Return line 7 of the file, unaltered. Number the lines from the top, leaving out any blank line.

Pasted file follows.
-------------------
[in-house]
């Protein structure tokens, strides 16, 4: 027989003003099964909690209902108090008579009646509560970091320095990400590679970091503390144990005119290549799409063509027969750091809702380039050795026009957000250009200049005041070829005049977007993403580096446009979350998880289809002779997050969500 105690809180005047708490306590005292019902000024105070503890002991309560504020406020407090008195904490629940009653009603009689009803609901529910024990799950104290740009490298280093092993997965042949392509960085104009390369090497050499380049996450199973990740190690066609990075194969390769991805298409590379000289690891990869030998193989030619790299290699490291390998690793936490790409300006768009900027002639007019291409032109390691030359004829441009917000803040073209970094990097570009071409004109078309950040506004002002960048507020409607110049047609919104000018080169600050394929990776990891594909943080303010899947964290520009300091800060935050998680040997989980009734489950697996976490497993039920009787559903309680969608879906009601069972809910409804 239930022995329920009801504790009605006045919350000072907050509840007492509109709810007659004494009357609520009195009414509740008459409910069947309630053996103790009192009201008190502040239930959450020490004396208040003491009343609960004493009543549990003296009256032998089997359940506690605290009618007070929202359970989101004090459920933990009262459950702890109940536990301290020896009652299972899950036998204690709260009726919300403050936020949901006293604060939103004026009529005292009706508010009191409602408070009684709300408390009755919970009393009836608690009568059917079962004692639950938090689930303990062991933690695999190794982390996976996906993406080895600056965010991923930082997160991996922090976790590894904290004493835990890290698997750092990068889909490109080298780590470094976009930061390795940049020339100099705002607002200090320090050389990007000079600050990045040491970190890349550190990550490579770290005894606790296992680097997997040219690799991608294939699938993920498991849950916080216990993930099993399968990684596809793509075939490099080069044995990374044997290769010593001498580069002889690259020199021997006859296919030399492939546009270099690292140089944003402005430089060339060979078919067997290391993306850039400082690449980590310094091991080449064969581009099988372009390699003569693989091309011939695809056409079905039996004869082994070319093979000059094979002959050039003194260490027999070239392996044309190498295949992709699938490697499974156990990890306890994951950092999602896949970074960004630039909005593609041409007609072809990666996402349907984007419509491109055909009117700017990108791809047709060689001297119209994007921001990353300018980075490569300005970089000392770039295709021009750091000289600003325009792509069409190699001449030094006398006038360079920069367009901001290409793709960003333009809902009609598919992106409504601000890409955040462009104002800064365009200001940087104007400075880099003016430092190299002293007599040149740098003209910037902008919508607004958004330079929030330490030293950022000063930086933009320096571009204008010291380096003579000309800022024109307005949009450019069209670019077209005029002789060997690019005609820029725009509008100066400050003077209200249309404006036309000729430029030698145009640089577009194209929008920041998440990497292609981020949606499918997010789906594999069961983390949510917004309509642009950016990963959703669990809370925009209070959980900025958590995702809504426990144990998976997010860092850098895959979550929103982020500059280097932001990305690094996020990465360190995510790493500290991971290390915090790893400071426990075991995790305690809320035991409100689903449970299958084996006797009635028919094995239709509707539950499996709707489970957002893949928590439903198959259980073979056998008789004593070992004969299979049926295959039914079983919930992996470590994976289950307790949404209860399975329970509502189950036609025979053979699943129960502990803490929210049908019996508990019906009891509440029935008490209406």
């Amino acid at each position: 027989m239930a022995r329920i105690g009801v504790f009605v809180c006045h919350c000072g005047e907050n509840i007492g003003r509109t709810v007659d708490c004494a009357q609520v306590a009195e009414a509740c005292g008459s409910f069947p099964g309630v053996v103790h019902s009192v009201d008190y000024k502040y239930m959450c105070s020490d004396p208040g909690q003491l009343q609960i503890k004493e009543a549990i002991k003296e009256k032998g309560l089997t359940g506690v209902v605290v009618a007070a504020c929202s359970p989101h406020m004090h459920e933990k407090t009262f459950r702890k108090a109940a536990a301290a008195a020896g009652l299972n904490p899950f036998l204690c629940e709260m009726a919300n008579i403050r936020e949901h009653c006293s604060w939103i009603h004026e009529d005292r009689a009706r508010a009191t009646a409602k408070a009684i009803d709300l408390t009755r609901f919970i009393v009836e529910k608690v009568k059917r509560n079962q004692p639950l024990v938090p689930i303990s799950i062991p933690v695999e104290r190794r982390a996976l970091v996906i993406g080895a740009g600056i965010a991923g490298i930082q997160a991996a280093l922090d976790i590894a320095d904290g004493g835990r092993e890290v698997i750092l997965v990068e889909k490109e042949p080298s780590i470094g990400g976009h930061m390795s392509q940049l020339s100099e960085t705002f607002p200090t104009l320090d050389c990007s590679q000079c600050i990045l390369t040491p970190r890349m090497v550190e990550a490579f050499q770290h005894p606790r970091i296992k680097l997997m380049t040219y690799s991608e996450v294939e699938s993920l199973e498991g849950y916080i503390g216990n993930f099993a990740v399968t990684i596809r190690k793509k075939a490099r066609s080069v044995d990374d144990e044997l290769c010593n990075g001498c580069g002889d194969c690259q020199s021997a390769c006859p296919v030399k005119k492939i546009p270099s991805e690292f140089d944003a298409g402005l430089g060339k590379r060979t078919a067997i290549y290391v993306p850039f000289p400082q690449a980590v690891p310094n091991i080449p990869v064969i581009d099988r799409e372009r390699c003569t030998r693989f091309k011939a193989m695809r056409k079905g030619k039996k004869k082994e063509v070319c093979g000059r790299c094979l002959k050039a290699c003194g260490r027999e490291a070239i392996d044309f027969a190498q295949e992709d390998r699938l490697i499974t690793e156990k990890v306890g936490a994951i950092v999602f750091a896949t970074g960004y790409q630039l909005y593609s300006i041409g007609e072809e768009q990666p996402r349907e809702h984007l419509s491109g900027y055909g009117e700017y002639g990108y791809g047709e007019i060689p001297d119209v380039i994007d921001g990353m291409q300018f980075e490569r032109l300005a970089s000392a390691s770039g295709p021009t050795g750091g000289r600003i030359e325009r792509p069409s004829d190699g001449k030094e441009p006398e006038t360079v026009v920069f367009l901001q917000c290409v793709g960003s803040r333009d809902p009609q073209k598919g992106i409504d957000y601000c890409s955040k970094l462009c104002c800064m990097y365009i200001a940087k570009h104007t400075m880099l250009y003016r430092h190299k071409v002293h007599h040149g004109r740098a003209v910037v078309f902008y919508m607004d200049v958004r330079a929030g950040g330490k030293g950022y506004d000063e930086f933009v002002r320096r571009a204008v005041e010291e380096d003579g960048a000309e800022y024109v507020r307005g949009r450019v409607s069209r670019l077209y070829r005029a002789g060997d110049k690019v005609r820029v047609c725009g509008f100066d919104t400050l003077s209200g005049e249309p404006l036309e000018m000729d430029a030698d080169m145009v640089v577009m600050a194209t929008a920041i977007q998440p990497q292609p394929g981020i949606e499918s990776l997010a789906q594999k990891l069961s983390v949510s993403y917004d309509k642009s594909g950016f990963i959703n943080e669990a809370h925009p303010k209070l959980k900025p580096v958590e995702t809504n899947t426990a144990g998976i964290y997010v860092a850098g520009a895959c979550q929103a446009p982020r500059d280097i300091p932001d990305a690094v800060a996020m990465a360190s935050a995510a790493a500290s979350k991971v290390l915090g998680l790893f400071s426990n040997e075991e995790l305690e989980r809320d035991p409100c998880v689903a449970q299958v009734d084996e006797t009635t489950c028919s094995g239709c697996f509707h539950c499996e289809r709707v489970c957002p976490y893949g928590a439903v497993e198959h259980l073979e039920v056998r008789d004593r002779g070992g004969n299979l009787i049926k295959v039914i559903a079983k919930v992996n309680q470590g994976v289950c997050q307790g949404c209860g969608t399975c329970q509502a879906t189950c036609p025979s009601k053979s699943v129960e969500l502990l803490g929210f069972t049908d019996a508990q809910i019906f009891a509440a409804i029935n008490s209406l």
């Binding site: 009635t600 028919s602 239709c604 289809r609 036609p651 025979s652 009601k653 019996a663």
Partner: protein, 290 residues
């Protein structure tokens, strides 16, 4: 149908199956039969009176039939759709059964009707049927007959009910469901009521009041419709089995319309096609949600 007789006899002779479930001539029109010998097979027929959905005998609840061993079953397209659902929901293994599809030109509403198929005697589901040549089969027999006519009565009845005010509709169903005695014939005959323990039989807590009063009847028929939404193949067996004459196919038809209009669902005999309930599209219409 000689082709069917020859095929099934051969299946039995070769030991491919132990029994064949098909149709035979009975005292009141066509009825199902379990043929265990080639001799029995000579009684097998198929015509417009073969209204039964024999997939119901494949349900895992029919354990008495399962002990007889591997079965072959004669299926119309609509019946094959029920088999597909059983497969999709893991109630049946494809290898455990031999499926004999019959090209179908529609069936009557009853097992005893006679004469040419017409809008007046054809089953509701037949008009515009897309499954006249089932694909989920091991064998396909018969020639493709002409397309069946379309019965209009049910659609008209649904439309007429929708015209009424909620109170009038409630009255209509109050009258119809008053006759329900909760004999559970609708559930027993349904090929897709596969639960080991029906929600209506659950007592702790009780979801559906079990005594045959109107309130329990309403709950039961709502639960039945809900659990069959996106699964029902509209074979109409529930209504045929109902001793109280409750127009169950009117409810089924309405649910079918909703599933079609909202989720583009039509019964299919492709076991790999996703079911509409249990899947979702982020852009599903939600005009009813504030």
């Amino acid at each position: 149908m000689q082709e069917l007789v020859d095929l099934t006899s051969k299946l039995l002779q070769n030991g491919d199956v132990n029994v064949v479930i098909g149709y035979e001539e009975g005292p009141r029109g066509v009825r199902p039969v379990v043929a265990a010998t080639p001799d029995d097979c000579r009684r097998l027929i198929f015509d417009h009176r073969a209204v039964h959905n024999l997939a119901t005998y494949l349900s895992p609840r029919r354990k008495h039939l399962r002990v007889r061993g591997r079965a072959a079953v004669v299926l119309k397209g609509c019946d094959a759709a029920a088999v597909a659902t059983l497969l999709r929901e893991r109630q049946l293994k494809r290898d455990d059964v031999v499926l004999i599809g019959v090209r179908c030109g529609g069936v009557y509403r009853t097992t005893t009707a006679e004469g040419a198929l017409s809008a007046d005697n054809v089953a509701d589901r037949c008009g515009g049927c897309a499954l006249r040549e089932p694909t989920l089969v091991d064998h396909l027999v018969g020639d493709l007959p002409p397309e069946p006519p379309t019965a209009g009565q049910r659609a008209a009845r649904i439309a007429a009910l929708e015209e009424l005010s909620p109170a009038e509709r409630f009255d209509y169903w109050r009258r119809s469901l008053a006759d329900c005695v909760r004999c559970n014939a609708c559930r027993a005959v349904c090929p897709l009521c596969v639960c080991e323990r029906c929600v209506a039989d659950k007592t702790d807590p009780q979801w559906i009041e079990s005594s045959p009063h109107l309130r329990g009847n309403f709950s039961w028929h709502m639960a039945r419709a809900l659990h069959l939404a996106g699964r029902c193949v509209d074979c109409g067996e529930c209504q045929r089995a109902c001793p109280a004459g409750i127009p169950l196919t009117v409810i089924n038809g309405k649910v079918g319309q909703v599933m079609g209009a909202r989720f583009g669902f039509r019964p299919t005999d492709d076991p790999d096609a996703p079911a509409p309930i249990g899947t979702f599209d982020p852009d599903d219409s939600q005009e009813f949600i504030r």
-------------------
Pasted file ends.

């Amino acid at each position: 149908m000689q082709e069917l007789v020859d095929l099934t006899s051969k299946l039995l002779q070769n030991g491919d199956v132990n029994v064949v479930i098909g149709y035979e001539e009975g005292p009141r029109g066509v009825r199902p039969v379990v043929a265990a010998t080639p001799d029995d097979c000579r009684r097998l027929i198929f015509d417009h009176r073969a209204v039964h959905n024999l997939a119901t005998y494949l349900s895992p609840r029919r354990k008495h039939l399962r002990v007889r061993g591997r079965a072959a079953v004669v299926l119309k397209g609509c019946d094959a759709a029920a088999v597909a659902t059983l497969l999709r929901e893991r109630q049946l293994k494809r290898d455990d059964v031999v499926l004999i599809g019959v090209r179908c030109g529609g069936v009557y509403r009853t097992t005893t009707a006679e004469g040419a198929l017409s809008a007046d005697n054809v089953a509701d589901r037949c008009g515009g049927c897309a499954l006249r040549e089932p694909t989920l089969v091991d064998h396909l027999v018969g020639d493709l007959p002409p397309e069946p006519p379309t019965a209009g009565q049910r659609a008209a009845r649904i439309a007429a009910l929708e015209e009424l005010s909620p109170a009038e509709r409630f009255d209509y169903w109050r009258r119809s469901l008053a006759d329900c005695v909760r004999c559970n014939a609708c559930r027993a005959v349904c090929p897709l009521c596969v639960c080991e323990r029906c929600v209506a039989d659950k007592t702790d807590p009780q979801w559906i009041e079990s005594s045959p009063h109107l309130r329990g009847n309403f709950s039961w028929h709502m639960a039945r419709a809900l659990h069959l939404a996106g699964r029902c193949v509209d074979c109409g067996e529930c209504q045929r089995a109902c001793p109280a004459g409750i127009p169950l196919t009117v409810i089924n038809g309405k649910v079918g319309q909703v599933m079609g209009a909202r989720f583009g669902f039509r019964p299919t005999d492709d076991p790999d096609a996703p079911a509409p309930i249990g899947t979702f599209d982020p852009d599903d219409s939600q005009e009813f949600i504030r």